Teto Elsiddique

20th century visual theory has been haunted by the index—the index not only relates some kind referential relationship, it suggests a kind of connective tissue through history. Twisting a semiological framework within a more effective and phenomenological one. My work wrestles with the index. Whether in video, sculpture or painting, my pieces, composited from seemingly unified objects, resonate with traces of a still-trembling past, manifested in the jagged traces of leaves on canvas or in the epoxy shells rigidly molded around familiar items modeled and remade as dimensional casts or flat facsimiles. The object becomes both an offering and a refusal: an offering, insofar as each piece proposes a dialogue with the original; a refusal in its withdrawal from easy diagnosis.

Material and gestural aspects of Shooting, Balloon, Love scenes and For Every Drop of Blood use formal devices such as anthropomorphism, parody, circulation and repetition to invoke notions of objecthood, performativity, and the body. Glass Essayfor every drop of blood, and Epitaph are predicated on juxtaposing the language of mythological literature and news media with the language of visual culture. Within these parameters of written and oral narratives, I explore how culture is generated and passed down, how literary devices translate to visual devices and how past tropes translate to the present. At times, the combination of performative objects or enacting the inanimate tends to generate a certain type of absurdity in the work.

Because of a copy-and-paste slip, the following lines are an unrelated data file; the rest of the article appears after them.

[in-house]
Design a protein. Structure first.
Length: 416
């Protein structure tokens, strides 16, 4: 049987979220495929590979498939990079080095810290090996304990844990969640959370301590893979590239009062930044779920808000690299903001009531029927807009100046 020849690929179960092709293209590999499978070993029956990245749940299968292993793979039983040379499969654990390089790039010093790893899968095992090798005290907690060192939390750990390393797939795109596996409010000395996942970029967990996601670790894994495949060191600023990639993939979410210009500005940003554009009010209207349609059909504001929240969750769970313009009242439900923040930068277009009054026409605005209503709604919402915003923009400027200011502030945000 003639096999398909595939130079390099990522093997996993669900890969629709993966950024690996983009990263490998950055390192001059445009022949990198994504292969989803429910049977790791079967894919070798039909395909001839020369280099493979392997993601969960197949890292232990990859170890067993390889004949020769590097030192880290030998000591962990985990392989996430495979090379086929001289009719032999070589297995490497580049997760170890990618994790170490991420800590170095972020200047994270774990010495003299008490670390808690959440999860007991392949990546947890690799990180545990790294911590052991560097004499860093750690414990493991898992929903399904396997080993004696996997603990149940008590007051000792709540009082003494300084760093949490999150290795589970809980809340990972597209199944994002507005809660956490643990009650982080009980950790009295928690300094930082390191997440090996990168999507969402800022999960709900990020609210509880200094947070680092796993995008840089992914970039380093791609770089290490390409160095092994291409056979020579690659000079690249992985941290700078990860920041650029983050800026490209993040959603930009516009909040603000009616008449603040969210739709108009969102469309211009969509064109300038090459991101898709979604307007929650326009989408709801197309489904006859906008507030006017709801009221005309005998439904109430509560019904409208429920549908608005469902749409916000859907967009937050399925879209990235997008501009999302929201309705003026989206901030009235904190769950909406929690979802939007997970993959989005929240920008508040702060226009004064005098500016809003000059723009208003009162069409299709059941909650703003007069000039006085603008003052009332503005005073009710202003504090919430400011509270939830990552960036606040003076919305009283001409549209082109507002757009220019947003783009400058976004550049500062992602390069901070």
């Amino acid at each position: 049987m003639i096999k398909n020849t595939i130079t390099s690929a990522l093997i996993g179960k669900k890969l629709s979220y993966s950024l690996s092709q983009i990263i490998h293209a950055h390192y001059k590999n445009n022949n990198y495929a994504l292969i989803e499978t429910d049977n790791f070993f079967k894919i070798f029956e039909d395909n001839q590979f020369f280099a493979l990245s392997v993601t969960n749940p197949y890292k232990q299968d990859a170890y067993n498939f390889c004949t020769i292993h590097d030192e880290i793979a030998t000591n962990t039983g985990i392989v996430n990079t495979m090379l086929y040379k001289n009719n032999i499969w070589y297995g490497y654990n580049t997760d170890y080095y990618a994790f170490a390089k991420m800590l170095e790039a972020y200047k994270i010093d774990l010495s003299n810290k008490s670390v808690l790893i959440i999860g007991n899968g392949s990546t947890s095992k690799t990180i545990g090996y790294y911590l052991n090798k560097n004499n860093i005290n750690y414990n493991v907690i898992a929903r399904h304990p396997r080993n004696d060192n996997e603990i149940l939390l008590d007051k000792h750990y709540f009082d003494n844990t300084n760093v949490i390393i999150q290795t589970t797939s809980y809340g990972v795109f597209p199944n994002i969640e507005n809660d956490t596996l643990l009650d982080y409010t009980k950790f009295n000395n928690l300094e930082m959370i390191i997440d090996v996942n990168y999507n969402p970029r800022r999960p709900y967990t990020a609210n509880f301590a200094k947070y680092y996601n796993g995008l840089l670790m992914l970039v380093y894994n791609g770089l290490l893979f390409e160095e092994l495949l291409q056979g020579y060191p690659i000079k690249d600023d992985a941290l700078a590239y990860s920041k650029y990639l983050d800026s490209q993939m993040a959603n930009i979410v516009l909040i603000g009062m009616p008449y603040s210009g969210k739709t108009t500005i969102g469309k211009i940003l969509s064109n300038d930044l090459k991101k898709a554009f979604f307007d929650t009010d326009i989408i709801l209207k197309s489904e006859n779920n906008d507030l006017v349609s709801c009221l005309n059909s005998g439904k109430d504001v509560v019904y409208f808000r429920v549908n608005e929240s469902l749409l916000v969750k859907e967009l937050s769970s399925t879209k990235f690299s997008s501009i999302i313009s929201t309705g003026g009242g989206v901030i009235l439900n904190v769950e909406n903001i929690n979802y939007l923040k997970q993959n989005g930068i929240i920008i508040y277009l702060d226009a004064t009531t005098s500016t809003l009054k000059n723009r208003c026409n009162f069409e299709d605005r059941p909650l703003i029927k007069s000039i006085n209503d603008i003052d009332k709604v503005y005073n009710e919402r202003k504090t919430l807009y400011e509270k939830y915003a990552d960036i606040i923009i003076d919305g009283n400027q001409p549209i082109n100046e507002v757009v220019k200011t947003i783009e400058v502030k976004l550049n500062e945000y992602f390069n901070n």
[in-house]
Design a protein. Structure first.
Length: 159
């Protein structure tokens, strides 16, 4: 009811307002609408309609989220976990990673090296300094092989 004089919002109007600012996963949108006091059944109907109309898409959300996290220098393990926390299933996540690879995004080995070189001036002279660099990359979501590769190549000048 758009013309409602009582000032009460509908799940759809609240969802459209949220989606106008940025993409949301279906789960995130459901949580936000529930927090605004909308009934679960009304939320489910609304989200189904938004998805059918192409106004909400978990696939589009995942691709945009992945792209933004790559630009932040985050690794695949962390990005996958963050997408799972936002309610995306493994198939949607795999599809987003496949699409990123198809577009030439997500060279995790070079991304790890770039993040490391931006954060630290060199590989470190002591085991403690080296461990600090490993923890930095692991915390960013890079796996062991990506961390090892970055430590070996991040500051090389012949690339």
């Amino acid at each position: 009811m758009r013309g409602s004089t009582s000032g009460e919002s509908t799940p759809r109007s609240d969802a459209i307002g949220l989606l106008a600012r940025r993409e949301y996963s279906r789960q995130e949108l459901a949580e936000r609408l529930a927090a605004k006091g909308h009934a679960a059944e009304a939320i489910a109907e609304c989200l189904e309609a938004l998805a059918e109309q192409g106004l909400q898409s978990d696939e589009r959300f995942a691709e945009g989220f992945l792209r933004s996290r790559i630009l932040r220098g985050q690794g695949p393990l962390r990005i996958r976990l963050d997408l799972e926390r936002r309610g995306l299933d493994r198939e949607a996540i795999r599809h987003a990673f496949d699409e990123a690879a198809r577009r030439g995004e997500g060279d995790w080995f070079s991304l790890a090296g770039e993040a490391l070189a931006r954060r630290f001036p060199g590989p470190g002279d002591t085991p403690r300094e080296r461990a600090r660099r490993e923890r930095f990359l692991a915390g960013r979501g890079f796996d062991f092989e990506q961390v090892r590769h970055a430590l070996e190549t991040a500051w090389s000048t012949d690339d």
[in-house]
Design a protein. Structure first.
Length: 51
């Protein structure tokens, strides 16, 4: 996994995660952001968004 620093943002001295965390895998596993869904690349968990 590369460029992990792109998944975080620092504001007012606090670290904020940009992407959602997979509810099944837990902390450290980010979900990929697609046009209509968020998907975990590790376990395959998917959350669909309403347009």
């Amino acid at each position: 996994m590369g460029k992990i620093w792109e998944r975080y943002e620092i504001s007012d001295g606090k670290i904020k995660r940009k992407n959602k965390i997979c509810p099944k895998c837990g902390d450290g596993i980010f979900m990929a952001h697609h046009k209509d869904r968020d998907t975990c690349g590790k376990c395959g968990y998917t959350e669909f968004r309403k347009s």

Perhaps, it is this element of play that seems to run through much of my work, that invites a peculiar form of engagement. This is not merely an aesthetic excavation of the past but a proposal to see the old anew – to challenge the ways of knowing associated with representation, with the inanimate and the seemingly apolitical. Reconfigured pasts and possible futures are drawn. It is in this improvisational, contingent space between the two that my work so singularly points.